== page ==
As a result, in many countries, upper endoscopy, and to a lesser extent, colonoscopy, are commonly performed without routine procedural sedation [1-3]. By contrast, sedation-free endoscopy is not widely accepted in the United States .Can an endoscopy damage your stomach? ›
Some possible complications that may occur with an upper GI endoscopy are: Infection. Bleeding. A tear in the lining (perforation) of the duodenum, esophagus, or stomach.
The role of endoscopy in liver disease is both diagnostic and interventional: endoscopy should be offered to patients with relevant symptoms (unsuspected liver disease may be diagnosed in this manner) and for variceal screening and treatment.What organs are checked during an endoscopy? ›
An upper endoscopy is a procedure a doctor uses to look at the inner lining of the upper digestive tract (the esophagus, stomach, and duodenum, which is the first part of the small intestine). This test is also sometimes called an esophagogastroduodenoscopy, or EGD.How often should you have an upper GI endoscopy? ›
Upper endoscopy (EGD) is often repeated within 1 to 3 years.What type of cancers can an endoscopy detect? ›
This procedure is used to check for stomach cancer. An upper endoscopy—called endoscopic gastroduodenoscopy (EGD)—is a procedure that helps find most stomach cancers. During this test, a doctor looks inside your stomach with a thin, lighted tube called an endoscope.What is better barium swallow or endoscopy? ›
The barium swallow is a less invasive way to look at the upper GI tract than an endoscopy. Barium swallows are a useful diagnostic tool for checking for upper GI tract disorders that can be easily diagnosed with X-ray alone. More complex disorders require endoscopy.Do you need anesthesiologist for endoscopy? ›
Your endoscopy preparation should include an evaluation from an anesthesiologist, a medical doctor who specializes in anesthesia, pain management, and critical care medicine, who will asses your risk for anesthesia-related complications.Why would a gastroenterologist order an endoscopy? ›
An endoscopy is a diagnostic test that allows a gastroenterologist to look inside your digestive tract (esophogus, stomach and colon) to look for problems that may be causing symptoms like chronic acid reflux and heartburn, which are among the most common digestive problems in the United States.What cancers show on endoscopy? ›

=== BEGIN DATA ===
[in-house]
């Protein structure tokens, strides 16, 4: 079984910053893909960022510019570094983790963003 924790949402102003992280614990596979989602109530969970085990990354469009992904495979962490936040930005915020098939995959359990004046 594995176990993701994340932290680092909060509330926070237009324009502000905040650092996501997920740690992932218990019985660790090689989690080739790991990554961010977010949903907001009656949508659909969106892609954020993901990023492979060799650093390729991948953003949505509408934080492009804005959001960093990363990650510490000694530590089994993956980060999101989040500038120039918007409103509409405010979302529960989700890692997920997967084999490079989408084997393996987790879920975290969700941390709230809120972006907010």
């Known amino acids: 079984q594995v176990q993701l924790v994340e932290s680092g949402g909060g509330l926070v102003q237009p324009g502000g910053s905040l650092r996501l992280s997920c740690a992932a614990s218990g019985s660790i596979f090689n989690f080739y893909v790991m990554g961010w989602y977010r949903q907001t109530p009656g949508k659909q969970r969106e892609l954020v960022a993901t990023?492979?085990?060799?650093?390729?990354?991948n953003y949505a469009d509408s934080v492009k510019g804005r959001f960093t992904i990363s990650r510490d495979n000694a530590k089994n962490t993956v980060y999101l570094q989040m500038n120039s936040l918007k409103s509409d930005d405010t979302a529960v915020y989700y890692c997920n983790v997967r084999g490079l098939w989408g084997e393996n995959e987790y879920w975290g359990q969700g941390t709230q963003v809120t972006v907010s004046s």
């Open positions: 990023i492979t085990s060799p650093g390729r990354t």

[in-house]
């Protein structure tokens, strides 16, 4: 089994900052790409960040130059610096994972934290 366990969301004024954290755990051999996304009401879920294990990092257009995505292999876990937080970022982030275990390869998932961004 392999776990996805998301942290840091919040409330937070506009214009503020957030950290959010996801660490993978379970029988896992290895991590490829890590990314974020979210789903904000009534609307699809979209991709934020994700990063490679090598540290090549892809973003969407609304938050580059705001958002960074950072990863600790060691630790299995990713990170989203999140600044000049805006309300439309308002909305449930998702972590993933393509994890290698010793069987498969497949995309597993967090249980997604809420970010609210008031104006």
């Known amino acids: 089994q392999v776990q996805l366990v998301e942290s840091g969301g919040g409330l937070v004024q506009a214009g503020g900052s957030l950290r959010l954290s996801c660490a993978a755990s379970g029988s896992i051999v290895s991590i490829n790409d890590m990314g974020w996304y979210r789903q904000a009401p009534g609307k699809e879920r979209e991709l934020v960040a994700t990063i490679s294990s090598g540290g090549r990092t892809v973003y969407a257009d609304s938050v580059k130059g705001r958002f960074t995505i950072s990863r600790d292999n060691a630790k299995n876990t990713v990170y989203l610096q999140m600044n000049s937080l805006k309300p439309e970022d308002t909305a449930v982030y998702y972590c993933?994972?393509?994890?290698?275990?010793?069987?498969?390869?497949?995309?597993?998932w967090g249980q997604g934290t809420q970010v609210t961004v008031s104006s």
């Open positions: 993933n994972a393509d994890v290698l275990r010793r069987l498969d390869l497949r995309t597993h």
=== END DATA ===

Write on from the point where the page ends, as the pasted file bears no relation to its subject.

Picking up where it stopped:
This procedure is used to check for stomach cancer. An upper endoscopy—called endoscopic gastroduodenoscopy (EGD)—is a procedure that helps find most stomach cancers. During this test, a doctor looks inside your stomach with a thin, lighted tube called an endoscope.What drug do they use to sedate you for an endoscopy? ›
Ideal drugs for endoscopic sedation have a rapid onset and short duration of action, maintain hemodynamic stability, and do not cause major side effects. Commonly used agents include opiates, such as meperidine or fentanyl, benzodiazepines, such as midazolam or diazepam, or a hypnotic, such as propofol.Can you ask for sedation for endoscopy? ›
You may be offered something to make you more comfortable and make the test easier, such as: local anaesthetic spray – to numb the back of your mouth and inside of your throat. sedation – medicine given through a small tube in your arm to help you relax.
Endoscopy can also help identify inflammation, ulcers, and tumors. Upper endoscopy is more accurate than X-rays for detecting abnormal growths such as cancer and for examining the inside of the upper digestive system. In addition, abnormalities can be treated through the endoscope.Is there another test other than endoscopy? ›
Ct scan and endoscopy are two tests that doctors often suggest to perform a further examination of your internal organs.Is endoscopy a major or minor surgery? ›
Although an endoscopy is invasive, it is a fairly minor procedure. However, it is recommended to allow for some time to rest and recover afterwards.Are biopsies always taken during endoscopy? ›
In my experience, biopsies are taken whenever any endoscopy is performed, either of something specific or, if nothing is seen, randomly, to look for signs of, for example, inflammation. It's usual to be told immediately if something is found, otherwise, it's the wait for biopsy results.